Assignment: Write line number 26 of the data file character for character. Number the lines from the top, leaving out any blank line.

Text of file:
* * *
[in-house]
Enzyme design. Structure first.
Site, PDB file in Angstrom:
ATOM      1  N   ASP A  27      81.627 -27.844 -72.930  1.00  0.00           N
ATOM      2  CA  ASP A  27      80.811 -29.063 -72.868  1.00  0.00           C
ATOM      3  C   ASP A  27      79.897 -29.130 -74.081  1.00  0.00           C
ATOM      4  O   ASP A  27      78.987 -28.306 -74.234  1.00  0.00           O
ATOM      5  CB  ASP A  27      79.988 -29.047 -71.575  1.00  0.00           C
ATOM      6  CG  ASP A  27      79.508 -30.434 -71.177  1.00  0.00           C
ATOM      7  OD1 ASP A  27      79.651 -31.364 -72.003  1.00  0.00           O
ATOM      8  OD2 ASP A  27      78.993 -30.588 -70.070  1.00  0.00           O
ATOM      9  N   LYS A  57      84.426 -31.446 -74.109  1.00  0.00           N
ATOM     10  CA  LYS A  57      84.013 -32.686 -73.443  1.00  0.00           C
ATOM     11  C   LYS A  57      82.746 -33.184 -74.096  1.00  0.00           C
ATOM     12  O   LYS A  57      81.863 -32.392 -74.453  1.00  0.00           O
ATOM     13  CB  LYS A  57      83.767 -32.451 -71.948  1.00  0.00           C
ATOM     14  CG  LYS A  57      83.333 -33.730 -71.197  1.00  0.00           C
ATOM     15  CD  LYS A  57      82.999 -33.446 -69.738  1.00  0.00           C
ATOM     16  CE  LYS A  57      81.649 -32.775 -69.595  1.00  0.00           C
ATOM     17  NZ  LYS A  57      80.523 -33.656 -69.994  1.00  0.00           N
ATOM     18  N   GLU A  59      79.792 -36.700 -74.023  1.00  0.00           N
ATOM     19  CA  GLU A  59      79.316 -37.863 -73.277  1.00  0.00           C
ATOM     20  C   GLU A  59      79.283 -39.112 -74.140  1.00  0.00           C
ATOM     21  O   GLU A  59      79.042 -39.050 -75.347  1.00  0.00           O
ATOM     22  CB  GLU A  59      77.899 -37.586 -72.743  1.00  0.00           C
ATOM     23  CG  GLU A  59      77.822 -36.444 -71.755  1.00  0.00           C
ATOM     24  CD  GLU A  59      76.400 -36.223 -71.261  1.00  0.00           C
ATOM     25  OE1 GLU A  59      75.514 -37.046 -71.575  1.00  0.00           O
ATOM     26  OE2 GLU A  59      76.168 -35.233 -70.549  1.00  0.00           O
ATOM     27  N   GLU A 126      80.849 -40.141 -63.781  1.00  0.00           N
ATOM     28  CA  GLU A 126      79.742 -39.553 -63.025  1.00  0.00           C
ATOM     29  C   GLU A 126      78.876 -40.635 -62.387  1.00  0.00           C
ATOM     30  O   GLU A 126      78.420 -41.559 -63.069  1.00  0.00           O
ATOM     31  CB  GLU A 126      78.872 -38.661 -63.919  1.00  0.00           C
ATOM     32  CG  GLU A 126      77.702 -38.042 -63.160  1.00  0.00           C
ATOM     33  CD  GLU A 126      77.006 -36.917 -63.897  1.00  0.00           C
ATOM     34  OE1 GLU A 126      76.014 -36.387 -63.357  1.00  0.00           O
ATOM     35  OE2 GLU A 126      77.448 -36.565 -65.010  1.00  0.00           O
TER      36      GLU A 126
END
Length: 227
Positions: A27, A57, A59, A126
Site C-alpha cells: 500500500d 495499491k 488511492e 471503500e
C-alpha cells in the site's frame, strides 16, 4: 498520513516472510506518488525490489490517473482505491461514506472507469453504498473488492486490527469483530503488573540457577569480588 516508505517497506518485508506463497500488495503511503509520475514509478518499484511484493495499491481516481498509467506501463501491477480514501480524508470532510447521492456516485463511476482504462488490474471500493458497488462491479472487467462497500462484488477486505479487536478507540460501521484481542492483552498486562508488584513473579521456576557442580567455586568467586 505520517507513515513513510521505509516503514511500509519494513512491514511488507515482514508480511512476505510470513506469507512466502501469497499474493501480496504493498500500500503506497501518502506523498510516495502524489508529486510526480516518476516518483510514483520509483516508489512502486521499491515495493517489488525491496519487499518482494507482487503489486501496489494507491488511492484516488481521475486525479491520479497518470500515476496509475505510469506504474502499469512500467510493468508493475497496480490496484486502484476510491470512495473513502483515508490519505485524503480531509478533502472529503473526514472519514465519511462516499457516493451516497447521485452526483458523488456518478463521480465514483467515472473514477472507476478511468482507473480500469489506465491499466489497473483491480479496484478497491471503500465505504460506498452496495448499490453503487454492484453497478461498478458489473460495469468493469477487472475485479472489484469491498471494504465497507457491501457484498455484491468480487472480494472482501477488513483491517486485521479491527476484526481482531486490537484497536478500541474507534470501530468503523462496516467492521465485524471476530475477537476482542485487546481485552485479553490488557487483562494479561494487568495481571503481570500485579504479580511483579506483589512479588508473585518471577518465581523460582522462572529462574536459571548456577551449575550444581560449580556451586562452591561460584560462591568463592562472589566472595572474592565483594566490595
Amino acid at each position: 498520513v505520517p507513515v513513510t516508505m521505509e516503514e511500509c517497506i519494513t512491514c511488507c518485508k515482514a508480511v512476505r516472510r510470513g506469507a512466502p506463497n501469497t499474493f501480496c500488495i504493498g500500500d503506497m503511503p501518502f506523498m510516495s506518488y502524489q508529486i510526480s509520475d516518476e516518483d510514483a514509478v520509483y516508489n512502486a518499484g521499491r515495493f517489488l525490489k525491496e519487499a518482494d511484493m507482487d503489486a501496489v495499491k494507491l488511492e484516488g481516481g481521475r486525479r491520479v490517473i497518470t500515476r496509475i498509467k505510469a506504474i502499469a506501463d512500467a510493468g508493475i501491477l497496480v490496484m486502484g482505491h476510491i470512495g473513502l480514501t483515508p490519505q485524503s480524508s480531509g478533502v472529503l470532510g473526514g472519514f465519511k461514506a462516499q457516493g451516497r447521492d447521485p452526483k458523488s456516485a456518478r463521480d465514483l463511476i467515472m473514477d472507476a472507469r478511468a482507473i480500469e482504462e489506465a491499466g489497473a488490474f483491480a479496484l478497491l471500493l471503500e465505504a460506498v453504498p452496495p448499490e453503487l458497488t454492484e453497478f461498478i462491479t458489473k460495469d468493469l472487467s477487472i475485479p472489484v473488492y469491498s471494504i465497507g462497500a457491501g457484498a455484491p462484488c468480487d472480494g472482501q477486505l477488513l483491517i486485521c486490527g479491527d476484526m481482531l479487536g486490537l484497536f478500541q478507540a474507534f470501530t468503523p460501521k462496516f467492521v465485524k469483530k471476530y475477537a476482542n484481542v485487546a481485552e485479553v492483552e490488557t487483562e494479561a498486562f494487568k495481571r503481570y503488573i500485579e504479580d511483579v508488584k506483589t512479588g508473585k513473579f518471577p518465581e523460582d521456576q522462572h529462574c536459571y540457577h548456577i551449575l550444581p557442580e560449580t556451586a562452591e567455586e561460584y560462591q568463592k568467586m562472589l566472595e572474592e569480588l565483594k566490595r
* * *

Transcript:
ATOM     23  CG  GLU A  59      77.822 -36.444 -71.755  1.00  0.00           C